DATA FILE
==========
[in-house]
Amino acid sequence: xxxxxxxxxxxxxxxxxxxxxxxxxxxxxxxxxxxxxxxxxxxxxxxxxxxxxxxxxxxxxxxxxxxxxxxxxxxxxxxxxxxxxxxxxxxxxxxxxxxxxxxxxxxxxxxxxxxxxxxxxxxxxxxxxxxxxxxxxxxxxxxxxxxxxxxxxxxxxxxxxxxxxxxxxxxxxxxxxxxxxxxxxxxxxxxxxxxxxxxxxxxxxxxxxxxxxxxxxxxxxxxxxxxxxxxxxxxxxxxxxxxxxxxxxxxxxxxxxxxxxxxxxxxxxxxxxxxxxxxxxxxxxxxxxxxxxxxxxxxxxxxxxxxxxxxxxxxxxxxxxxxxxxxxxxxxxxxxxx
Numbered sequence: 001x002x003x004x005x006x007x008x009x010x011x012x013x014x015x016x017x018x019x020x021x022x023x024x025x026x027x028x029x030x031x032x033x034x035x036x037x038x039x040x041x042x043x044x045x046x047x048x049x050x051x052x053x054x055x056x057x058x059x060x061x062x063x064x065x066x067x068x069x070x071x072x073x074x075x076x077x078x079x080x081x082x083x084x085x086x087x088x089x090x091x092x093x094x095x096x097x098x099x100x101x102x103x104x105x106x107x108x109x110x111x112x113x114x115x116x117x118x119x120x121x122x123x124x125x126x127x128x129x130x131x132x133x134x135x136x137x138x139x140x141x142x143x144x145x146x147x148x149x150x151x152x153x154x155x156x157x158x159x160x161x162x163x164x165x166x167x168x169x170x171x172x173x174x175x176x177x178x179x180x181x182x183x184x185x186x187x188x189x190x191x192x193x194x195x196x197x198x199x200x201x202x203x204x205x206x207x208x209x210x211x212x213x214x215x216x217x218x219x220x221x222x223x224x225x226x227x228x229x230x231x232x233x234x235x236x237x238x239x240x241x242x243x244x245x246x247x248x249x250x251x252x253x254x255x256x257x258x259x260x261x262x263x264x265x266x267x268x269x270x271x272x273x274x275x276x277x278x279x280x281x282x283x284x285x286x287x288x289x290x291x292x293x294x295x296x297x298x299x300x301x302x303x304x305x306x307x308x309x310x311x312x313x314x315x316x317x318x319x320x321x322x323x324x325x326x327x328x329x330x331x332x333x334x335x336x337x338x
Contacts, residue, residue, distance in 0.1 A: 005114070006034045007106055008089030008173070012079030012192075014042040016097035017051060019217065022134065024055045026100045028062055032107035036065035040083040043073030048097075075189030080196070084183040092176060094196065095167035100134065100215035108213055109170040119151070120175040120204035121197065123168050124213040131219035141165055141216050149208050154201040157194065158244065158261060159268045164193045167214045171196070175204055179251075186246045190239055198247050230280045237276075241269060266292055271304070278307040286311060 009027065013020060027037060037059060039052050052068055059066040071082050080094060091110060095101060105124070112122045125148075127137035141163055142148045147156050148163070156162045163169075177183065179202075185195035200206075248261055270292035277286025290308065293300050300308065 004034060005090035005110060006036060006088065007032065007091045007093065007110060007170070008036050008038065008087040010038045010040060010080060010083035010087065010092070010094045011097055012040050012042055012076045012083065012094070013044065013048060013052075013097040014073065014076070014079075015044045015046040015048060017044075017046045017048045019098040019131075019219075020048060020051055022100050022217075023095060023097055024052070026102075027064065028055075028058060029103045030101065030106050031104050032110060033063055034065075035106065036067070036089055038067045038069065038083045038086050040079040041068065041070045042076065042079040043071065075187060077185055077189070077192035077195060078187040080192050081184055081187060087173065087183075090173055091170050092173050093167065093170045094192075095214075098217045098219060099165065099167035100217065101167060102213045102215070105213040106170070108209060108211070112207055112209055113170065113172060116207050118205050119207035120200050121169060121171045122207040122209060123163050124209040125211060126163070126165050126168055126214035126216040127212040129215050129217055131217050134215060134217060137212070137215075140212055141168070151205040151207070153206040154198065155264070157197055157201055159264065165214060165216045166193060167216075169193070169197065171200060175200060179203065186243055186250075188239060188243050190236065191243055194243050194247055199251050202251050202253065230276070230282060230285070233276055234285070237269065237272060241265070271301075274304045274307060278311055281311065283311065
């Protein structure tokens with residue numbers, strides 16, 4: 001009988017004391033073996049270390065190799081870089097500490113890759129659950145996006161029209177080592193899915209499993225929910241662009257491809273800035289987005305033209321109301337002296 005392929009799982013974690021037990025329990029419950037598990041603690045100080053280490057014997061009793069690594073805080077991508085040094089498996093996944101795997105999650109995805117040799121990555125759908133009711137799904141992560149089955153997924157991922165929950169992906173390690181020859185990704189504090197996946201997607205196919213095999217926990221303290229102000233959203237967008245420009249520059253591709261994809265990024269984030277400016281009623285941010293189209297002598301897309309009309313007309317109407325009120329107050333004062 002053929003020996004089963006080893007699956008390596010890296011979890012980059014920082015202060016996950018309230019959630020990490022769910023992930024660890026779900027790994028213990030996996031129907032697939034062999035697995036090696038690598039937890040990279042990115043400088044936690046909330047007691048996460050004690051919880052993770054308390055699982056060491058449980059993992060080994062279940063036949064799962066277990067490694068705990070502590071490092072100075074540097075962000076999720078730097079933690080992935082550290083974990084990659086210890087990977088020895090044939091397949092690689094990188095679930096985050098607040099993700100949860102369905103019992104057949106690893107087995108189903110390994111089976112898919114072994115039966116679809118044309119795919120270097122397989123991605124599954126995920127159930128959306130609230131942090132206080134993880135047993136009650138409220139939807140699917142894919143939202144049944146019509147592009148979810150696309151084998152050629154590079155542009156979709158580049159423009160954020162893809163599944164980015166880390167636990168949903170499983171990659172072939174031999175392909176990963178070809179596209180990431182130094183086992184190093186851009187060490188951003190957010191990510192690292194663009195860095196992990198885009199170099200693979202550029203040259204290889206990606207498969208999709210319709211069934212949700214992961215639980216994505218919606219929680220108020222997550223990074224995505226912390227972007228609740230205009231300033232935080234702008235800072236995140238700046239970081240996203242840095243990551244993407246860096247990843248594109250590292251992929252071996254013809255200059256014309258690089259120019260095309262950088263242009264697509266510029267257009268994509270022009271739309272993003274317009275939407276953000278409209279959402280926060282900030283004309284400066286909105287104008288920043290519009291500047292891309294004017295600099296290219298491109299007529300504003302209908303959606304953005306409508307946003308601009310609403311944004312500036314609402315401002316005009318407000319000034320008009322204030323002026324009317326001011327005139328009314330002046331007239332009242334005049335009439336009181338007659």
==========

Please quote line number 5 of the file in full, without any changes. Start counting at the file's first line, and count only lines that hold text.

């Protein structure tokens with residue numbers, strides 16, 4: 001009988017004391033073996049270390065190799081870089097500490113890759129659950145996006161029209177080592193899915209499993225929910241662009257491809273800035289987005305033209321109301337002296 005392929009799982013974690021037990025329990029419950037598990041603690045100080053280490057014997061009793069690594073805080077991508085040094089498996093996944101795997105999650109995805117040799121990555125759908133009711137799904141992560149089955153997924157991922165929950169992906173390690181020859185990704189504090197996946201997607205196919213095999217926990221303290229102000233959203237967008245420009249520059253591709261994809265990024269984030277400016281009623285941010293189209297002598301897309309009309313007309317109407325009120329107050333004062 002053929003020996004089963006080893007699956008390596010890296011979890012980059014920082015202060016996950018309230019959630020990490022769910023992930024660890026779900027790994028213990030996996031129907032697939034062999035697995036090696038690598039937890040990279042990115043400088044936690046909330047007691048996460050004690051919880052993770054308390055699982056060491058449980059993992060080994062279940063036949064799962066277990067490694068705990070502590071490092072100075074540097075962000076999720078730097079933690080992935082550290083974990084990659086210890087990977088020895090044939091397949092690689094990188095679930096985050098607040099993700100949860102369905103019992104057949106690893107087995108189903110390994111089976112898919114072994115039966116679809118044309119795919120270097122397989123991605124599954126995920127159930128959306130609230131942090132206080134993880135047993136009650138409220139939807140699917142894919143939202144049944146019509147592009148979810150696309151084998152050629154590079155542009156979709158580049159423009160954020162893809163599944164980015166880390167636990168949903170499983171990659172072939174031999175392909176990963178070809179596209180990431182130094183086992184190093186851009187060490188951003190957010191990510192690292194663009195860095196992990198885009199170099200693979202550029203040259204290889206990606207498969208999709210319709211069934212949700214992961215639980216994505218919606219929680220108020222997550223990074224995505226912390227972007228609740230205009231300033232935080234702008235800072236995140238700046239970081240996203242840095243990551244993407246860096247990843248594109250590292251992929252071996254013809255200059256014309258690089259120019260095309262950088263242009264697509266510029267257009268994509270022009271739309272993003274317009275939407276953000278409209279959402280926060282900030283004309284400066286909105287104008288920043290519009291500047292891309294004017295600099296290219298491109299007529300504003302209908303959606304953005306409508307946003308601009310609403311944004312500036314609402315401002316005009318407000319000034320008009322204030323002026324009317326001011327005139328009314330002046331007239332009242334005049335009439336009181338007659």